Re: Record total HH wealth

    Fact #1: Today Goldmn’s David Kostin wrote that “February was the busiest month in our buyback desk’s history.”
    Fact #2: Reuters says says “US high-grade bond market in second-biggest week ever”

    #1 and #2 together: Corporations borrow to buy back shares, resulting in all-time high EPS and share prices which increased HH wealth.

    Question #1: how long can buybacks (and other accounting permutations) continue in quantities sufficient to keep the EPS rising? What if Fed buys fewer and fewer bonds and there’s increasingly more competition for investors’ dollars from the treasuries and MBS?
    Question #2: how much of this “new wealth” is nothing but “paper wealth” and when this “virtuous circle” ends (because they always do, unless this time is different) and the tide goes out, how many will be swimming naked? Enough for a “lesser depression” or just a recession?

    P.S. My business “hero” used to be Mark Cuban, for selling for $4B, at the highest valuation ever. My new hero is Jan Koum, for selling something that hardly makes any money and something that’s even easier to copy than, for a lot more “paper wealth.” However, in order to remain my business hero for as long as Cuban had been, Koum needs to sell his FB stake before the shares tank, whenever it may be.

  10. Jojo says:

    Quick Takes | Jobs and Unemployment
    The Job Market Is Muddling Along
    By Heidi Shierholz | March 7, 2014

    The jobs report released this morning showed 175,000 jobs were added in February, bringing the average of the last twelve months to 180,000. This is slightly higher than what forecasters were expecting, but for the American workforce, this is not good news at all–at this pace, it will take more than five years to get back to pre-recession labor market conditions. (For context: To get back to pre-recession labor market conditions in three years, we would need to add 280,000 jobs per month.) Today’s report shows that the labor market is doing no more than muddling along.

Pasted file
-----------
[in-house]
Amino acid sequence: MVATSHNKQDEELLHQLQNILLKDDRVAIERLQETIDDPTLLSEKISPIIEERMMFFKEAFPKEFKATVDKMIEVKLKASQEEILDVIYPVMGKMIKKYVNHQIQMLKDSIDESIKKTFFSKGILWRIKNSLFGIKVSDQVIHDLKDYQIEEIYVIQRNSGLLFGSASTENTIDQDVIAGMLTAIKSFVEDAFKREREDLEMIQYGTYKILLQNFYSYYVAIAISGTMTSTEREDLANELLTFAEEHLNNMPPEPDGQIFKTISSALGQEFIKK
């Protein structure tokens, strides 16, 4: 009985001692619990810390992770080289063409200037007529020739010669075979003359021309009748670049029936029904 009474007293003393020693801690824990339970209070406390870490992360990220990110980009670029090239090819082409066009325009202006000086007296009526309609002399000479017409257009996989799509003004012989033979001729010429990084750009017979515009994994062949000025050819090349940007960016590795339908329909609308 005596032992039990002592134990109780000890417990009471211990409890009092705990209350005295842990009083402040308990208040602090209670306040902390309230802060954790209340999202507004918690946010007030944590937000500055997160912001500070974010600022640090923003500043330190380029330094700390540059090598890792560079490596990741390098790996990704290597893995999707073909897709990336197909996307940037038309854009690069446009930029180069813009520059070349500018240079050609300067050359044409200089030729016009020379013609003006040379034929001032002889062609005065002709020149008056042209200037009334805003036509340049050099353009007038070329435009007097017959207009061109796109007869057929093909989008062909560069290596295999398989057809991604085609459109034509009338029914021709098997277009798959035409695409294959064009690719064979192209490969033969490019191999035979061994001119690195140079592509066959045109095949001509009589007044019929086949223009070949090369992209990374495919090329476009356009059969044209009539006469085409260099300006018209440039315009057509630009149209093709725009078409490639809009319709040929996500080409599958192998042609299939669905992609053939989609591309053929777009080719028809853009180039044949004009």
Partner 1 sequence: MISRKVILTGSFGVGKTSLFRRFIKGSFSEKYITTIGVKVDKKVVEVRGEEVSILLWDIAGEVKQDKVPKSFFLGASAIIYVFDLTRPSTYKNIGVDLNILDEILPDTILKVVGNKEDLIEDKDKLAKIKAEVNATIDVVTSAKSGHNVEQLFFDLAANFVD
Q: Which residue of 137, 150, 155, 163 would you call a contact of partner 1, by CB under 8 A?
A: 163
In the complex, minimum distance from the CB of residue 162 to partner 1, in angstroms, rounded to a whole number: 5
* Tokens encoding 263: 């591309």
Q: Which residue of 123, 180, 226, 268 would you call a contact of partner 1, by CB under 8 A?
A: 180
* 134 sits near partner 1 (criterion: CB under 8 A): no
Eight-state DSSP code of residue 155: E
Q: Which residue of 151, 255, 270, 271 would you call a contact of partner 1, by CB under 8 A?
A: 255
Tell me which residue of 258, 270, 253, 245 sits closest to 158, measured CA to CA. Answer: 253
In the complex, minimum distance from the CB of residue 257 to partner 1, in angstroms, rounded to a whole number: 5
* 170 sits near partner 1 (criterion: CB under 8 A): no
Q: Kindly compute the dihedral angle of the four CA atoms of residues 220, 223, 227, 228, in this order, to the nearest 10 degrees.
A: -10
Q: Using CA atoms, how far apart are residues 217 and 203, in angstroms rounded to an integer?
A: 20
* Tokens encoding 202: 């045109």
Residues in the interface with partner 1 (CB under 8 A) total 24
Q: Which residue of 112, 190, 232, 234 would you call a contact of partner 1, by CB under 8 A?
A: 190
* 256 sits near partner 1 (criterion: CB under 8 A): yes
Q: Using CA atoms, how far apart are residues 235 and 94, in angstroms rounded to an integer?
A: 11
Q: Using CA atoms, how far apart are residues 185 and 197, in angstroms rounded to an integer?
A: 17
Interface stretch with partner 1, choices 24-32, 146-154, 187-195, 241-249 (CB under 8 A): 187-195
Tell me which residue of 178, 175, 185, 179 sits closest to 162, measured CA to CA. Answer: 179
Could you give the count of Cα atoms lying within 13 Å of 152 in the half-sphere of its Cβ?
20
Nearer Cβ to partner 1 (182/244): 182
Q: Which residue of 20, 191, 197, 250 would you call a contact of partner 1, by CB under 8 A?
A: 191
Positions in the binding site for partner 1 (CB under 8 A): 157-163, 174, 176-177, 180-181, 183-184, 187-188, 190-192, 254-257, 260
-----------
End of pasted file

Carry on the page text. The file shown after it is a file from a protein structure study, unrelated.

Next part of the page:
The unemployment rate ticked up to 6.7 percent in February. However, if the 5.7 million missing workers–workers who are neither employed nor actively seeking work due to weak job opportunities in the aftermath of the Great Recession–were in the labor force looking for work, the unemployment rate would be 10.0 percent instead of 6.7 percent. The share of the unemployed who have been unemployed for more than six months has been generally creeping down in the last two-and-a-half years but increased in February from 35.8 percent to 37.0 percent. This share remains far higher than the peak in any prior recession, which was 26.0 percent for one month in 1983.

  11. Jojo says:

    IBM’s Supercomputer Watson Is Now a Chef With His Own Food Truck
    March 5, 2014

    Testing the creative capabilities of computers

    First, Jeopardy! champions Ken Jennings and Ben Rutter got served by Watson, the IBM supercomputer. Now, Watson is serving up dishes from a food truck as part of a new partnership with the Institute of Culinary Education in New York, NPR reports.

    The supercomputer made its debut as a chef at a Las Vegas tech conference last week, and so far has produced gourmet, fusion fare like a Swiss-Thai asparagus quiche, an Austrian chocolate burrito, and a pork belly moussaka.